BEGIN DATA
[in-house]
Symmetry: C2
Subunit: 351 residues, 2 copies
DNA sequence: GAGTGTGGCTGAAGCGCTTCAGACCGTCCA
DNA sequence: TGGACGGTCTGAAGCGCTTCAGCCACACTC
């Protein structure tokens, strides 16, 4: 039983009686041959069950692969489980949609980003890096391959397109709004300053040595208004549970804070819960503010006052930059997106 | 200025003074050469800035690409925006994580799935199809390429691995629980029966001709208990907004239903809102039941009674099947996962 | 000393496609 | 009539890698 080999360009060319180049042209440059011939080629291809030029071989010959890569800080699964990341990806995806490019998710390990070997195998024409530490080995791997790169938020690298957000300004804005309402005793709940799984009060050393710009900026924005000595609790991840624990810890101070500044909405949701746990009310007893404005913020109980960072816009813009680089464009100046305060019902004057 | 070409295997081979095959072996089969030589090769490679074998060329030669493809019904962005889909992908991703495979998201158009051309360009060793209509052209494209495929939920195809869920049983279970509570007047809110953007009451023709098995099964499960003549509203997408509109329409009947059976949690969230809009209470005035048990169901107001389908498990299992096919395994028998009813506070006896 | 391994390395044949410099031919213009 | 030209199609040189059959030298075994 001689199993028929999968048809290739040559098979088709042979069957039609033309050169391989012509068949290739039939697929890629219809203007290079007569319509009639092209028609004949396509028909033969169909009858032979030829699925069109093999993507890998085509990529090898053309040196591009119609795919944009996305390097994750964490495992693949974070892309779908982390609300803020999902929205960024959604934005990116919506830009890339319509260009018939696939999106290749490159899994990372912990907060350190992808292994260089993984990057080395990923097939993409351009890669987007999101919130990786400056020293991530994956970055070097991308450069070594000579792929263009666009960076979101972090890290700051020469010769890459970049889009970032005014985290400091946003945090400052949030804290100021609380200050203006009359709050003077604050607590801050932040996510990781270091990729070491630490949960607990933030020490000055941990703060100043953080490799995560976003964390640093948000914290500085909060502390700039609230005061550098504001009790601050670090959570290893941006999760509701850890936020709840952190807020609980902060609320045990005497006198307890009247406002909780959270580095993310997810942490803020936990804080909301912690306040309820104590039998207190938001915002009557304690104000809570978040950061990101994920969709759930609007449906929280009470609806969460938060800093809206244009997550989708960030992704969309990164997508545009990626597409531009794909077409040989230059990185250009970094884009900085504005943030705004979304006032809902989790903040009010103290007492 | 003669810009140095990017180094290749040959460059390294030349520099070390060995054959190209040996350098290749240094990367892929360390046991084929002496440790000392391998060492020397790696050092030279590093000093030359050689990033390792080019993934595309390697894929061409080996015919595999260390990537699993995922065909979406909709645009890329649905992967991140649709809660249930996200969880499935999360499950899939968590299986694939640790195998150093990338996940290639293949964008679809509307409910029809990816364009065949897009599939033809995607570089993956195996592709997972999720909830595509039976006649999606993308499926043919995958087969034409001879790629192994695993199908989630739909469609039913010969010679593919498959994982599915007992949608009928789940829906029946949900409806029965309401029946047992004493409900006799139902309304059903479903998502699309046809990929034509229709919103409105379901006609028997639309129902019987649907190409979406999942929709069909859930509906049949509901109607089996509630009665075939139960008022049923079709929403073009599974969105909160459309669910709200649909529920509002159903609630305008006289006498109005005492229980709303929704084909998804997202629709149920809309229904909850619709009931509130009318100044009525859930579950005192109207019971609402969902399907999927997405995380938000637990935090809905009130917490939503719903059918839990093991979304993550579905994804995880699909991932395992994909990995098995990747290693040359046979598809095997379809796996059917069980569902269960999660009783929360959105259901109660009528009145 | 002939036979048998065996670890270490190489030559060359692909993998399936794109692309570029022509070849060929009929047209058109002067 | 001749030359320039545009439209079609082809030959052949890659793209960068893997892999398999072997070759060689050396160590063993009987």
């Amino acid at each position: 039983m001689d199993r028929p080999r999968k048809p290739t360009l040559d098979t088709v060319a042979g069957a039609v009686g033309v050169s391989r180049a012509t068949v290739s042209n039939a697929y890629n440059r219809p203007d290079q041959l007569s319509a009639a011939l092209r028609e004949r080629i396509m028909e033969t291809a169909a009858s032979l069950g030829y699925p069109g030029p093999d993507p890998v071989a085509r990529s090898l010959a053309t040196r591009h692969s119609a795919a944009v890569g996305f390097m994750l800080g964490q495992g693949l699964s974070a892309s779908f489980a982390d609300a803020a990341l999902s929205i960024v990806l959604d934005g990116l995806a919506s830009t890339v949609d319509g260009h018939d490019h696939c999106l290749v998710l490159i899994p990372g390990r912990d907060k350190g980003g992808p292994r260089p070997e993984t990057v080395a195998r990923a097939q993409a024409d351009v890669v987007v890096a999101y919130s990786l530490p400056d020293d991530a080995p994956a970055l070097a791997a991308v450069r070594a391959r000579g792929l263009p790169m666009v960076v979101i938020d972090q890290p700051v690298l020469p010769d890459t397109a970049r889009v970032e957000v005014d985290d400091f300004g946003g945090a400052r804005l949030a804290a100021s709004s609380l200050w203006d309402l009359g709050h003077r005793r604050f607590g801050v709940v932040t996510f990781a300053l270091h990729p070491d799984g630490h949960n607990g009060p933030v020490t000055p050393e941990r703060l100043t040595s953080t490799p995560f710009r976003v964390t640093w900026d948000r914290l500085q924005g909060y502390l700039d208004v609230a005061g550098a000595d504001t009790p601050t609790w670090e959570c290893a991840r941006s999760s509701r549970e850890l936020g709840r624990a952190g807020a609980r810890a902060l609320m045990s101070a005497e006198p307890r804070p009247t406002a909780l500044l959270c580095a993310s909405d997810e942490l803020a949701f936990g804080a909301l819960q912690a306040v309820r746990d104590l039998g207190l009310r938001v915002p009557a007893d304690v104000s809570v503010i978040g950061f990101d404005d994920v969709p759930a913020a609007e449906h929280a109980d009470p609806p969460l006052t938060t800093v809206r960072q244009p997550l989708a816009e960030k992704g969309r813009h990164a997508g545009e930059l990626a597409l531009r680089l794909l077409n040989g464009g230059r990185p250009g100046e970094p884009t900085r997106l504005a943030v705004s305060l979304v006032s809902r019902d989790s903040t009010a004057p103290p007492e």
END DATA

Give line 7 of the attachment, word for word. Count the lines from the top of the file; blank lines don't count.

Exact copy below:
């Amino acid at each position: 039983m001689d199993r028929p080999r999968k048809p290739t360009l040559d098979t088709v060319a042979g069957a039609v009686g033309v050169s391989r180049a012509t068949v290739s042209n039939a697929y890629n440059r219809p203007d290079q041959l007569s319509a009639a011939l092209r028609e004949r080629i396509m028909e033969t291809a169909a009858s032979l069950g030829y699925p069109g030029p093999d993507p890998v071989a085509r990529s090898l010959a053309t040196r591009h692969s119609a795919a944009v890569g996305f390097m994750l800080g964490q495992g693949l699964s974070a892309s779908f489980a982390d609300a803020a990341l999902s929205i960024v990806l959604d934005g990116l995806a919506s830009t890339v949609d319509g260009h018939d490019h696939c999106l290749v998710l490159i899994p990372g390990r912990d907060k350190g980003g992808p292994r260089p070997e993984t990057v080395a195998r990923a097939q993409a024409d351009v890669v987007v890096a999101y919130s990786l530490p400056d020293d991530a080995p994956a970055l070097a791997a991308v450069r070594a391959r000579g792929l263009p790169m666009v960076v979101i938020d972090q890290p700051v690298l020469p010769d890459t397109a970049r889009v970032e957000v005014d985290d400091f300004g946003g945090a400052r804005l949030a804290a100021s709004s609380l200050w203006d309402l009359g709050h003077r005793r604050f607590g801050v709940v932040t996510f990781a300053l270091h990729p070491d799984g630490h949960n607990g009060p933030v020490t000055p050393e941990r703060l100043t040595s953080t490799p995560f710009r976003v964390t640093w900026d948000r914290l500085q924005g909060y502390l700039d208004v609230a005061g550098a000595d504001t009790p601050t609790w670090e959570c290893a991840r941006s999760s509701r549970e850890l936020g709840r624990a952190g807020a609980r810890a902060l609320m045990s101070a005497e006198p307890r804070p009247t406002a909780l500044l959270c580095a993310s909405d997810e942490l803020a949701f936990g804080a909301l819960q912690a306040v309820r746990d104590l039998g207190l009310r938001v915002p009557a007893d304690v104000s809570v503010i978040g950061f990101d404005d994920v969709p759930a913020a609007e449906h929280a109980d009470p609806p969460l006052t938060t800093v809206r960072q244009p997550l989708a816009e960030k992704g969309r813009h990164a997508g545009e930059l990626a597409l531009r680089l794909l077409n040989g464009g230059r990185p250009g100046e970094p884009t900085r997106l504005a943030v705004s305060l979304v006032s809902r019902d989790s903040t009010a004057p103290p007492e």